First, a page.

I ran a calorie analyses (assuming that the recipe serves 4 and uses small bananas) and the whole shebang resulted in 275 calories per serving if the cream is heavy and 240 calories per serving if it’s light. If you follow the recipe’s advice and substitute meringue for whipped cream, it’s only 80 calories a serving. Eliminate both the cream and egg and the calories go down to a mere 40 per serving. As far as desserts go, this one’s a bargain. (I used the Calorie Count recipe analyzer, if you are interested.)

Plus, another recipe in the cookbook is a breaded lamb chop wrapped in bacon and drenched in butter. No calorie warning there. Apparently, only sugar has calories.

The Result:

The ladyfingers around the edge looked silly but we must follow the recipe, mustn’t we? I didn’t split them because I had a few extra. I’m not sure if it looked better or worse for it. Next time, I think I shall just decorate with a twist of candied lemon peel and a few shreds of coconut.

Ta-da!
Ta-da!
Mmm, creamy goodness!
Mmm, creamy goodness!
And more creamy goodness.
And more creamy goodness.

Taste Test Video:

Score: 4 out of 5. If Pola was dishing this up at chez Negri, it’s no wonder she was able to win over the gentlemen of Hollywood. The simplicity of the recipe results in a refreshing dessert that would be an ideal end to a light summer meal. The bananas went a bit brown but I will fix that next time with some lemon or other acidic juice.

I took off one star because of Prohibition. You see, when making trifle there is one cardinal rule that must be obeyed:

Don’t be stingy with the booze.

While the trifle is so light that it nearly floats away and is quite tasty, it is missing that very important ingredient.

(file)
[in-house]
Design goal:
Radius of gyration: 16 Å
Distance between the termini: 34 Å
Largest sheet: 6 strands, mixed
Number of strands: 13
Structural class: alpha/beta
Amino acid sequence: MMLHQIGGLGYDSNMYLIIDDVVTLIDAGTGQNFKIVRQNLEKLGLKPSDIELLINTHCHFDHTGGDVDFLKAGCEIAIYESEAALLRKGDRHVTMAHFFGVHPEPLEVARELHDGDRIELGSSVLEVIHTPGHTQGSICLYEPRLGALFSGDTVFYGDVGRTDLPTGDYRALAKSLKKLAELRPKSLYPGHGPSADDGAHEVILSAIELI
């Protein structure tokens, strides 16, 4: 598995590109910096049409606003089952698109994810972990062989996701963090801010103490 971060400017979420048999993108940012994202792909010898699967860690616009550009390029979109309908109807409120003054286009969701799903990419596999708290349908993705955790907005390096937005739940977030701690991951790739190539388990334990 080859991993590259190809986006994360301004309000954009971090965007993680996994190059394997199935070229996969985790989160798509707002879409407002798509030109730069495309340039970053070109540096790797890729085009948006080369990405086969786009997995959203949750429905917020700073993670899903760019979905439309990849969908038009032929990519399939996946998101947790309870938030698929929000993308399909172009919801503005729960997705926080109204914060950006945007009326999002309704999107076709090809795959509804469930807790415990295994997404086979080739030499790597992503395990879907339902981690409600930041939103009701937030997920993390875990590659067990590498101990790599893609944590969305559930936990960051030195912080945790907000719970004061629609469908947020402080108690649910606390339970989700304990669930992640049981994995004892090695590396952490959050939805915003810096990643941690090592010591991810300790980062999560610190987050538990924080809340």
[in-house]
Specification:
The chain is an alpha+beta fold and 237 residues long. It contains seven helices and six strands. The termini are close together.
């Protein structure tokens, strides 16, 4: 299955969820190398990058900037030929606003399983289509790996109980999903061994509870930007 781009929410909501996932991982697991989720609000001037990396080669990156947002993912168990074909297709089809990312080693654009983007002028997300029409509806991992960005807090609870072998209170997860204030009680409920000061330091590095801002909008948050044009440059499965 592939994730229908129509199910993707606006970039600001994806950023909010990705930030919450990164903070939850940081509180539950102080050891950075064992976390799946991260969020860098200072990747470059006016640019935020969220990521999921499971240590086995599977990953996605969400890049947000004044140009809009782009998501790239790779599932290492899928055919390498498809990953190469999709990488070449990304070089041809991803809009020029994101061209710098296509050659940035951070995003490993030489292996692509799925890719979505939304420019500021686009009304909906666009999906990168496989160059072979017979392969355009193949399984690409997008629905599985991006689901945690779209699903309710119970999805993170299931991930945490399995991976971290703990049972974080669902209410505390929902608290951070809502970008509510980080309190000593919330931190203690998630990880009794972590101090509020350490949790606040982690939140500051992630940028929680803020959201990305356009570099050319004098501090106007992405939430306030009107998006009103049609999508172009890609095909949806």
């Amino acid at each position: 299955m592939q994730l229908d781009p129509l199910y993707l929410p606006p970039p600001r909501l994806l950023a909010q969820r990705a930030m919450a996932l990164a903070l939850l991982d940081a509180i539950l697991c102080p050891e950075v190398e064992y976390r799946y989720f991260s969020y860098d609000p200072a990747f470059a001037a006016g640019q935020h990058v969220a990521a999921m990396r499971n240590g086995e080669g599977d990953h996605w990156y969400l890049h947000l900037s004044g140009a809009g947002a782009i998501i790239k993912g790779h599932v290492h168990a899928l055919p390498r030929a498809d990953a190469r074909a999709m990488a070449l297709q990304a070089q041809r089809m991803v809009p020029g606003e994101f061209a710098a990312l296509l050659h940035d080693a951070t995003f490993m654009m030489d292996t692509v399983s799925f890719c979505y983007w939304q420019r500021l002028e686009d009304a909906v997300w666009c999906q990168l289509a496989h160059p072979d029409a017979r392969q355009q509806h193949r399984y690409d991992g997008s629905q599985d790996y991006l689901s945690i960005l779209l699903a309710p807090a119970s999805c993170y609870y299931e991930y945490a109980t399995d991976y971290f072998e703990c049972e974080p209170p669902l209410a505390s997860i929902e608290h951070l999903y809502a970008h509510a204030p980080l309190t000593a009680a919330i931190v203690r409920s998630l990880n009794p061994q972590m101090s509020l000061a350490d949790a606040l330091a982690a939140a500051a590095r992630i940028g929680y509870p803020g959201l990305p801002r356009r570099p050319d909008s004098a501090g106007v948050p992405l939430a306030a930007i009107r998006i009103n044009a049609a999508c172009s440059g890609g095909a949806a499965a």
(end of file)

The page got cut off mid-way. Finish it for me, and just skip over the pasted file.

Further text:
All in all, though, I was very happy with this trifle variation.

Variations: Booze it up! I can see a bit of coconut rum splashed over the ladyfingers. Other alcoholic options off the top of my head include Kahlua, Frangelico and creme de banane.

If you’re watching your calories, this could be a great dessert if you cut down on the whipped cream or use the meringue option. I can see the recipe easily being made vegan (aka dairy-free) with the right cookies and coconut milk with coconut whipped cream.

6 Replies to “Photoplay Cookbook: Pola Negri’s Banana Trifle”

  1. Ahh, I knew Pola Negri wouldn’t steer us wrong. While not really accurate to the recipe, I like that Pola laughs at calories. It goes well with the boldness of her personality.

  2. I’ve been following a low carb regimin and have successfully lost a bunch of weight. Twenty more to lose and I’ll be in my appropriate range for my 5’7″ height. Anyhow, a book I have read on why America is Fat, mentioned that historically, prior to WWII, doctors in the US, Canada, and Europe all told their overweight patients the same thing, to lose weight, cut out the carbs-aka starches and sugar. After WWII the weight loss mantra changed to what we still see promoted by the govt.: low fat, lots of starches(whole grains-still starch laden), fruits(some lower carb than others), and veggies(most low carb, but not potatoes!!). That is why, I think, the magazine probably warned about Negri’s dessert, or sugar in it, but ignored the lamb chop-which to a low carb dieter, only has a breading to watch out for; meat, bacon, and butter are fine on a low-carb diet, so perhaps that’s why the magazine didn’t comment about that dish’s nutritional value. Negri’s dessert has the starch-ladyfingers and cornstarch, high sugar fruit-bananas, and the sugar-though only 1 tsp. isn’t a lot. The cream would be fine, as well as the eggs. No booze, though-lots of carbs there! 🙂

    1. Congratulations on your weight loss! Your theory has merit but the lamb chops were heavily breaded and the book doesn’t issue calorie warning for much sweeter, carb-ier confections. Cakes, candies, muffins, pies, ice cream… All without calorie warnings. Very strange indeed.